4. Sundar, B. & Virmani, Vineet, . "Numeracy and Financial Literacy of Forest Dependent Communities Evidence from Andhra Pradesh," IIMA Working Papers WP2013-09-02, Indian Institute of Management Ahmedabad, Research and Publication Department.
  5. Dániel Béres & Katalin Huzdik, 2012. "Financial Literacy and Macro-economics," Public Finance Quarterly, State Audit Office of Hungary, vol. 57(3), pages 298-312.
  6. Klapper, Leora & Lusardi, Annamaria & Panos, Georgios A., 2013. "Financial literacy and its consequences: Evidence from Russia during the financial crisis," Journal of Banking & Finance, Elsevier, vol. 37(10), pages 3904-3923.
  7. Bruhn, Miriam & Zia, Bilal, 2011. "Stimulating managerial capital in emerging markets : the impact of business and financial literacy for young entrepreneurs," Policy Research Working Paper Series 5642, The World Bank.

Lists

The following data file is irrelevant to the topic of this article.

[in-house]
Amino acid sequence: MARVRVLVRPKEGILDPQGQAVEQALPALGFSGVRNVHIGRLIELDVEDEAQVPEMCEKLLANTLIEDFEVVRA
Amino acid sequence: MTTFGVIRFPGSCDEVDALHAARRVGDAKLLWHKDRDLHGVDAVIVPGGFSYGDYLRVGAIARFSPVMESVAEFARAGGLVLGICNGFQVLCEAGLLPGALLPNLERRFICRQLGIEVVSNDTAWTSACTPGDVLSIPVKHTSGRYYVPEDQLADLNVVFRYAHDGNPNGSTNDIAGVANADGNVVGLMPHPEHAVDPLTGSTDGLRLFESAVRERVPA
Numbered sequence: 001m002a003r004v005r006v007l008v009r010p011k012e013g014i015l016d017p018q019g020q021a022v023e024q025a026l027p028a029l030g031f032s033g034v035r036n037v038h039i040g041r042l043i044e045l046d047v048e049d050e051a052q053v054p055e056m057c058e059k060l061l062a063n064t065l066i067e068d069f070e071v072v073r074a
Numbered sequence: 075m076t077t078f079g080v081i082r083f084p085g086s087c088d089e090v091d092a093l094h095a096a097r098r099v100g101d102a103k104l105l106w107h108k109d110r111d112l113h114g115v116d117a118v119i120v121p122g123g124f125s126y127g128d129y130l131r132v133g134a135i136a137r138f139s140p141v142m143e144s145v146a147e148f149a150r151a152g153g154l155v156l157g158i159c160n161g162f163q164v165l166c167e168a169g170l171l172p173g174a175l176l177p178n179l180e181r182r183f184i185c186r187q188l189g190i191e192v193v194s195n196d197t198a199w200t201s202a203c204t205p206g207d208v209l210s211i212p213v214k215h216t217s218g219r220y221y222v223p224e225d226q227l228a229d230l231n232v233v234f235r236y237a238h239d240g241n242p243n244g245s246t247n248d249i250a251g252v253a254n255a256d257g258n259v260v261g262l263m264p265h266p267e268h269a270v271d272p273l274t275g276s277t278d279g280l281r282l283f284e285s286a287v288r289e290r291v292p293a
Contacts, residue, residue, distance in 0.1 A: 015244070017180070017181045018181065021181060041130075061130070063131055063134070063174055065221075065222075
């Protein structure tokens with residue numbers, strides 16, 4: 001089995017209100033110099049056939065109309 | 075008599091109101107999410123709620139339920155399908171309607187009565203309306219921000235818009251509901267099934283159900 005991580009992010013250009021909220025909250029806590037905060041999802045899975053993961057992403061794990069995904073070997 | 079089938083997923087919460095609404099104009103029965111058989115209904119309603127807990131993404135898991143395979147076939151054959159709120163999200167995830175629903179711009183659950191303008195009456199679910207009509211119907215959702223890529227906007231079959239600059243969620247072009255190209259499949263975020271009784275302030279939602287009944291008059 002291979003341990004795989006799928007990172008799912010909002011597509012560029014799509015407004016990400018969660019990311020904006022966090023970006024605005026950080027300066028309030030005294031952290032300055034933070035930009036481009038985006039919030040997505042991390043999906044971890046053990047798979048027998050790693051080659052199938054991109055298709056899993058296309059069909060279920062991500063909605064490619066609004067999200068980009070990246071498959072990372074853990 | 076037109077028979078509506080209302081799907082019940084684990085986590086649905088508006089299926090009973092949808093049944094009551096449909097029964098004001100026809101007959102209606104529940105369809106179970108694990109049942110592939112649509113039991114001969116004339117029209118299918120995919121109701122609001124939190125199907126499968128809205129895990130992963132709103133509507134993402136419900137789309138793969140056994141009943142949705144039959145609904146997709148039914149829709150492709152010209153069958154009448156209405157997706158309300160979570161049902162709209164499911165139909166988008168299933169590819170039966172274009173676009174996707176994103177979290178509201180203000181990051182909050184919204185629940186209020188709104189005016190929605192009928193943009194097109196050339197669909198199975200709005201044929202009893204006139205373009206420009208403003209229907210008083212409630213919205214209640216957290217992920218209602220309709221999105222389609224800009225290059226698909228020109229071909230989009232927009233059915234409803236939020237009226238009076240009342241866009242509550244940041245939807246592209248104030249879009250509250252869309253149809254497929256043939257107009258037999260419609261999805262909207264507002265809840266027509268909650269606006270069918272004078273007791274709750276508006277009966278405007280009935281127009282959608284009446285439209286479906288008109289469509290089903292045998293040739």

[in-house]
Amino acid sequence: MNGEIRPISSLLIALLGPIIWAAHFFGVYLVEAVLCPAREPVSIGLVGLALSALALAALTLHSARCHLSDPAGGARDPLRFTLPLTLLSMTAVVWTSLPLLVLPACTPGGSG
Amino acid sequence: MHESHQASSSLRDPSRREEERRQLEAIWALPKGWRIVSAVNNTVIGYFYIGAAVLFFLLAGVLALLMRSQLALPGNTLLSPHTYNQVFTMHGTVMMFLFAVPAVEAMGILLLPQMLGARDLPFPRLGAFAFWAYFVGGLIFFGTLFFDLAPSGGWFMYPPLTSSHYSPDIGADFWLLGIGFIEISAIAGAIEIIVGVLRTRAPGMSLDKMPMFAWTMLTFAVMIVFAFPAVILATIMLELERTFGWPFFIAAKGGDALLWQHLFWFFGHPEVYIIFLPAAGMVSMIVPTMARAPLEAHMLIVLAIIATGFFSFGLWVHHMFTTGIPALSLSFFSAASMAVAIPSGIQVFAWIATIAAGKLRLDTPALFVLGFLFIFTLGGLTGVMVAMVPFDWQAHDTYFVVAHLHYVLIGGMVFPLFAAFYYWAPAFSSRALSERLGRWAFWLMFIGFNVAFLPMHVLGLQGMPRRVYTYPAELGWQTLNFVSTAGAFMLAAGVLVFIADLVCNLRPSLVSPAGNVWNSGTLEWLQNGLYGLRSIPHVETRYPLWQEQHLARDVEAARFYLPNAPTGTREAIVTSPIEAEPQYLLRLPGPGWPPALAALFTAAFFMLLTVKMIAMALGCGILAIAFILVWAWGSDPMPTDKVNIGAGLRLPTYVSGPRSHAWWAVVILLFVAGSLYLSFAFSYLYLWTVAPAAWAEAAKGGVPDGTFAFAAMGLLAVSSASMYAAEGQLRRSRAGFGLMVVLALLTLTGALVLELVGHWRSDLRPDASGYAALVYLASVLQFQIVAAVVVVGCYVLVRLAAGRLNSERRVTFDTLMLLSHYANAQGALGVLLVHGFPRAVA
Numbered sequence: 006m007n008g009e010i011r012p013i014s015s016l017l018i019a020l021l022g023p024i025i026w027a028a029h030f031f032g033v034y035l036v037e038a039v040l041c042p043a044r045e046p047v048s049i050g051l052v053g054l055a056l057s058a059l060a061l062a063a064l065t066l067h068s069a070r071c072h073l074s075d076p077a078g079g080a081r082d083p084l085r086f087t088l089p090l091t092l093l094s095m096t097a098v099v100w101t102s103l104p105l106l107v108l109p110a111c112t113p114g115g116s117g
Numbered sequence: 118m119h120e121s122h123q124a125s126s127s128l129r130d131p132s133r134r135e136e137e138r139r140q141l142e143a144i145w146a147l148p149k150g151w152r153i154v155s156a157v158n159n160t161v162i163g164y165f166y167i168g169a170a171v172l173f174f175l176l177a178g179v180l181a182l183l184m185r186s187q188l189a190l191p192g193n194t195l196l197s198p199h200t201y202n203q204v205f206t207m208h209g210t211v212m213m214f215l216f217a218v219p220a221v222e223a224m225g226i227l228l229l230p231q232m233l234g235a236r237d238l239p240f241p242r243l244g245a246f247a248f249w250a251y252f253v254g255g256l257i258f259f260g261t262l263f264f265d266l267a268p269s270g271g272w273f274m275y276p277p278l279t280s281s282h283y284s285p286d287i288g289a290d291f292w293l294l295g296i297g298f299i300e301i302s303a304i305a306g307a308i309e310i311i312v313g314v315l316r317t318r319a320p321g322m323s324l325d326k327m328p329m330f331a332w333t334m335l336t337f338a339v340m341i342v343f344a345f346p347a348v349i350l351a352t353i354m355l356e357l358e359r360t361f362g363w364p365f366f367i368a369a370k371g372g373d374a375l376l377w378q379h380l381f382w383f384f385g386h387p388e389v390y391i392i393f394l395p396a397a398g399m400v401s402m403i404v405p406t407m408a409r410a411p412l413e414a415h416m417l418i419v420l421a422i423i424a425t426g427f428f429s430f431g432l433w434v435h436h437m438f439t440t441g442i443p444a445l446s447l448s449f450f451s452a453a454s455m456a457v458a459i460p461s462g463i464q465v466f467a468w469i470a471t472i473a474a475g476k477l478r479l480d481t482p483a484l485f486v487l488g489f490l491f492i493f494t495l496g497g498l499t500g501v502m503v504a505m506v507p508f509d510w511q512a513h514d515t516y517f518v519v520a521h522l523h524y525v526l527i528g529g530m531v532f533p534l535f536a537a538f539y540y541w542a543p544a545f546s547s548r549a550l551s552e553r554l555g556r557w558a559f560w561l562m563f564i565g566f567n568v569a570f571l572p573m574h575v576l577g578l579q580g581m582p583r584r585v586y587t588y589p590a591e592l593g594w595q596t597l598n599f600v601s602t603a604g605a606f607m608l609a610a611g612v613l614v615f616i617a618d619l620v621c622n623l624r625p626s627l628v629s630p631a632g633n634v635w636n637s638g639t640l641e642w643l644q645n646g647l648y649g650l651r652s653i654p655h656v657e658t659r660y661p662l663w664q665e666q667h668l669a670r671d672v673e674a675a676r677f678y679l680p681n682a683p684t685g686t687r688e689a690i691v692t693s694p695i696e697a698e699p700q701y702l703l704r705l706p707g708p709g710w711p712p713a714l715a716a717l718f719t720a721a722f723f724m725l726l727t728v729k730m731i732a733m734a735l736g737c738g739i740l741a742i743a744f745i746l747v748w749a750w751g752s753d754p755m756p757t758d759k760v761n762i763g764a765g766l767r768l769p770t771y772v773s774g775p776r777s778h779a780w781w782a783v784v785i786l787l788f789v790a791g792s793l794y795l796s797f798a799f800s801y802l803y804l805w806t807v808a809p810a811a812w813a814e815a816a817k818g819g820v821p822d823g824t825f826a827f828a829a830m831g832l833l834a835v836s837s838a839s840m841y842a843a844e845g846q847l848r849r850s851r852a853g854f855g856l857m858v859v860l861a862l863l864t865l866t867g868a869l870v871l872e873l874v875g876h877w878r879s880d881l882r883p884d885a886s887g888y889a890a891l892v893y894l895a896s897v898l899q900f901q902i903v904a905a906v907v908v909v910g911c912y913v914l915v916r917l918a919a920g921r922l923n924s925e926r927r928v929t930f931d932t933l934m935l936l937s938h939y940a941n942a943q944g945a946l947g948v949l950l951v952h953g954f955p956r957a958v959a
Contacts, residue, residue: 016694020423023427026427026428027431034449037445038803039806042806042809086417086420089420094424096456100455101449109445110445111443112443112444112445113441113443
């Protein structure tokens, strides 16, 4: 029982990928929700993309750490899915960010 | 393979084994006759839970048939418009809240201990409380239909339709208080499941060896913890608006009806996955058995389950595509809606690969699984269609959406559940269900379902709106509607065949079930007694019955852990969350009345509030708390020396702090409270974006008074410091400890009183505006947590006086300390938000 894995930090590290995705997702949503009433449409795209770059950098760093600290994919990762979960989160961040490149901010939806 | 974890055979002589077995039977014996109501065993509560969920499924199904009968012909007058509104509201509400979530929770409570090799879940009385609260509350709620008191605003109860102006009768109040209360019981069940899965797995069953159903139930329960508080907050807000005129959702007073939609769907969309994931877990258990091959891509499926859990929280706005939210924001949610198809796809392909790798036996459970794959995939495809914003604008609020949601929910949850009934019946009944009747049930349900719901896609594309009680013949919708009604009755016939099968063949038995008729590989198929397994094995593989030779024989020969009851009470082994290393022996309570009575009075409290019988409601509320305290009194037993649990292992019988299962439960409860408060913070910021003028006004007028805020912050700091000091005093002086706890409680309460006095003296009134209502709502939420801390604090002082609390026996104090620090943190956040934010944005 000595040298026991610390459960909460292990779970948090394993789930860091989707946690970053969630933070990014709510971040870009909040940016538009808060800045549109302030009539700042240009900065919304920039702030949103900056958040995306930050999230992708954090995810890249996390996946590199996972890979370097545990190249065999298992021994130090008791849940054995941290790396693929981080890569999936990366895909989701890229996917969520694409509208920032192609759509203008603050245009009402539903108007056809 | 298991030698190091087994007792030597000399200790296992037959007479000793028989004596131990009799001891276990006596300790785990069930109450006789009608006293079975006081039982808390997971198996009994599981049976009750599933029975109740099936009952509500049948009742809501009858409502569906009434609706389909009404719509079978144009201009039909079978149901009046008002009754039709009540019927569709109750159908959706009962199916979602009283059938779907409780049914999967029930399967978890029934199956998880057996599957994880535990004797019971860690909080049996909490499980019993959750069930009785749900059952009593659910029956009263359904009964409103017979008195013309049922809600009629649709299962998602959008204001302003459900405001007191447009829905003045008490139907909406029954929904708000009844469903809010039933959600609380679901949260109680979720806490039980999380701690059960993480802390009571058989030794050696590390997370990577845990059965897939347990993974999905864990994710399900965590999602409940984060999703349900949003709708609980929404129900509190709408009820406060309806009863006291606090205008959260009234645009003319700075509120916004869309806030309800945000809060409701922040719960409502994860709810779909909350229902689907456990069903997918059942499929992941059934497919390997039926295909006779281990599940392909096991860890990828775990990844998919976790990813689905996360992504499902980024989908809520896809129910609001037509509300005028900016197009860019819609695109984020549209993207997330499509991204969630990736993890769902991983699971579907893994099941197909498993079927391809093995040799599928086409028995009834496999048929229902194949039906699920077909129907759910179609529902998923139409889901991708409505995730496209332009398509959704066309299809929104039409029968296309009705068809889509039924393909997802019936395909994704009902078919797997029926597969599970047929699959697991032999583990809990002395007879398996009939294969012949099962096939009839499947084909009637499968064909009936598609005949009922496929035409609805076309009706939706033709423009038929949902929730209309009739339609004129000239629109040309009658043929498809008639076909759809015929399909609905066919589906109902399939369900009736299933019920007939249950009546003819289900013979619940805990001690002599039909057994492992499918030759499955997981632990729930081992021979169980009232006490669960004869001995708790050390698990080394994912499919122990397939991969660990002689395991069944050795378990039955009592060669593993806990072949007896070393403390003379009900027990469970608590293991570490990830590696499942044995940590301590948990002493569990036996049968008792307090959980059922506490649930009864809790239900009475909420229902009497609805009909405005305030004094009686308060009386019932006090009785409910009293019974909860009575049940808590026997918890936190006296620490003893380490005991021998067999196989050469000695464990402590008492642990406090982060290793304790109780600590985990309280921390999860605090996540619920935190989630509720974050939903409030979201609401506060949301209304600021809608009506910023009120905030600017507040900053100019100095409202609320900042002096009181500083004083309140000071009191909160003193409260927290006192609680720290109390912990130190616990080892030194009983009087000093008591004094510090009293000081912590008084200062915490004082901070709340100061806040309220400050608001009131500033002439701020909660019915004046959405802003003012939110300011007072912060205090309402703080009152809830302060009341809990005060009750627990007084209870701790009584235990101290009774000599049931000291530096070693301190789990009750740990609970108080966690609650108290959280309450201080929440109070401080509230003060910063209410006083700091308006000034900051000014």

This item is not listed on Wikipedia, on a reading list or among the top items on IDEAS.

Statistics

Access and download statistics

Corrections

When requesting a correction, please mention this item's handle: RePEc:nbr:nberwo:17930. See general information about how to correct material in RePEc.

For technical questions regarding this item, or to correct its authors, title, abstract, bibliographic or download information, contact: ().

If you have authored this item and are not yet registered with RePEc, we encourage you to do it here. This allows to link your profile to this item. It also allows you to accept potential citations to this item that we are uncertain about.

If references are entirely missing, you can add them using this form.

If the full references list an item that is present in RePEc, but the system did not link to it, you can help with this form.

If you know of missing items citing this one, you can help us creating those links by adding the relevant references in the same way as above, for each refering item. If you are a registered author of this item, you may also want to check the "citations" tab in your profile, as there may be some citations waiting for confirmation.

Please note that corrections may take a couple of weeks to filter through the various RePEc services.